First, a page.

As the required data storage density rapidly increases, the need for thick recording media becomes inevitable. The effective areal storage density can be significantly increased by recording of multiple, independent pages of data in the same recording volume. This process, in which the holographic structure for one page is intermixed with the recorded structure of each of the other pages, is referred to as multiplexing. Retrieval of an individual page with minimum crosstalk from the other pages is a consequence of the volume nature of the recording and its behavior as a highly tuned structure. This so called Bragg effect is the cause for a decrease in diffraction efficiency by changing the angle or wavelength between recording and playback beams. The point at which the diffraction efficiancy becomes zero depends on the recording angles, initial wavelength and optical thickness of the recording material. For a given recording configuration, altering the thickness plays the central role. As the thickness increases, the recorded structure becomes more highly tuned such that smaller mismatches can be tolerated.
According to Kogelnik's coupled wave theory [H. Kogelnik, Bell.Syst. Tech. J.48, 2909 (1996)] multiple holograms can be stored in a 10 μm thick recording medium (λ=532 nm, θext(object b.)=θext(reference b.)=45°, n=1.5 in increments of 3° while a 100 μm thick medium allows storage in 0.3° increments. Since the diffraction efficiency η of a hologram is defined as the ratio of the diffracted power to the incident power, a small optical absorption coefficient α is also desirable to achieve high diffraction efficiencies. The major drawback of the proposed recording media utilising chalcogenide glasses is their high absorption (compositions from systems As—S, As—Se, As—Ge—S, As—Ge—Se, Ge—Se ) or low sensitivity (compositions from systems Ge—S, Ge—Sb—S) for the wavelength of the commercially most available Nd-YAG laser (λ=532 nm). If this problem were to be overcome, chalcogenides could be used for optical data storage in future optical discs. It is thus an aim of the present invention to at least partly mitigate the above mentioned problems.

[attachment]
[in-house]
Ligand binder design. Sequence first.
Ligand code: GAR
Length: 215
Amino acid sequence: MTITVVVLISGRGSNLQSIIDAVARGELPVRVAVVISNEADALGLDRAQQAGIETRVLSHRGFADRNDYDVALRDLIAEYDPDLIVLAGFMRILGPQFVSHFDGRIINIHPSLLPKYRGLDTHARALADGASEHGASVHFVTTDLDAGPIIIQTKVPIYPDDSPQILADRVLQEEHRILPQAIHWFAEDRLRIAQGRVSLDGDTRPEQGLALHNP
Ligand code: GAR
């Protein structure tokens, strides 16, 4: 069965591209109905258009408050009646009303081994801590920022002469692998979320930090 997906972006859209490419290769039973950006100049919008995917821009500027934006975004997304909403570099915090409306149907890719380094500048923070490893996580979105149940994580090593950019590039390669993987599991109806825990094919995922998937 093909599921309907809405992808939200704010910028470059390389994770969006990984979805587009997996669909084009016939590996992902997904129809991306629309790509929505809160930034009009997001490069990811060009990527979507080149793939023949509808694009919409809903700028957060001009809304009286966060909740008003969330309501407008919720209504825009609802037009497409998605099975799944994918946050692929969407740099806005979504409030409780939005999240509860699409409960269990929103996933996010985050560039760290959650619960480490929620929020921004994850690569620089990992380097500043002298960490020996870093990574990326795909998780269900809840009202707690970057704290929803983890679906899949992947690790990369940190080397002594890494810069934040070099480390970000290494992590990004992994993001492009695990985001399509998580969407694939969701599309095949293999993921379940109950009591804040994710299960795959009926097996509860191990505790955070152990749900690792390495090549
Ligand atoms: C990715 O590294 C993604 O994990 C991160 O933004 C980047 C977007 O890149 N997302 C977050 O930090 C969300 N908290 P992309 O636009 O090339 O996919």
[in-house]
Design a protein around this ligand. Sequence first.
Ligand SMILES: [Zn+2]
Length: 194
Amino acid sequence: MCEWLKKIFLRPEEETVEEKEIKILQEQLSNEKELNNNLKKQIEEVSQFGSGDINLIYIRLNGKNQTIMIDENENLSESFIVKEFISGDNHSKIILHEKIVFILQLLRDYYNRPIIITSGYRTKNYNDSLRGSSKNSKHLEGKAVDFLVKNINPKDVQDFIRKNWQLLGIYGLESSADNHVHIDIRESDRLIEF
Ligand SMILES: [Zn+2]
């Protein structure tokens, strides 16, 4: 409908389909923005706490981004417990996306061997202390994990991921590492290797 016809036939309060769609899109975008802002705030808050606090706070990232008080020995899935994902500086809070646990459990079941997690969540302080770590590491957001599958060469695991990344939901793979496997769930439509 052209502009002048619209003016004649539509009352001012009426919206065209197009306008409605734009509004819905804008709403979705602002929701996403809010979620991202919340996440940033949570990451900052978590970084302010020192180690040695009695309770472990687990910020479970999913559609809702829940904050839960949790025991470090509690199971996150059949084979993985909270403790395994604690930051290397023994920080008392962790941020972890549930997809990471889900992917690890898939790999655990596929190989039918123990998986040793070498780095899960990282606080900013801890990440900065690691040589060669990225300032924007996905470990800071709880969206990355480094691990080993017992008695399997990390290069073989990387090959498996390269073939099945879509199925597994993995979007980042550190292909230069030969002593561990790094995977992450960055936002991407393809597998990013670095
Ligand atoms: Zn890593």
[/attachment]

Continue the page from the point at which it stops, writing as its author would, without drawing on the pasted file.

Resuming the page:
The object of this invention is the utilization of a highly photosensitive composition of an amorphous chalcogenide material in the form of relatively thick film d>100 μm) for the preparation of a volume holographic recording medium with high diffraction efficiency, which allows multiple holograms to be stored, the material having a high level of optical transmission at the wavelength of interest.
SUMMARY OF THE INVENTION
According to the present invention, a holographic recording medium comprises a chalcogenide glass comprising at least sulphur in combination with phosphorus, which undergoes a photostructural change in response to illumination with bandgap or sub-bandgap light resulting in a change of refractive index of the chalcogenide glass.
Preferably, the holographic recording medium comprises a substrate and an amorphous layer of the chalcogenide glass.
The present invention also provides the use of a chalcogenide glass comprising at least sulphur in combination with phosphorus as a holographic recording medium.
The present invention also provides a method of manufacturing a holographic recording medium comprising the step of preparing an amorphous layer of as evaporated chalcogenide glass comprising at least sulphur in combination with phosphorus.
The present invention further provides a method of holographic recording comprising the steps of:
providing a holographic recording medium comprising an amorphous layer of a chalcogenide glass comprising at least sulphur in combination with phosphorus,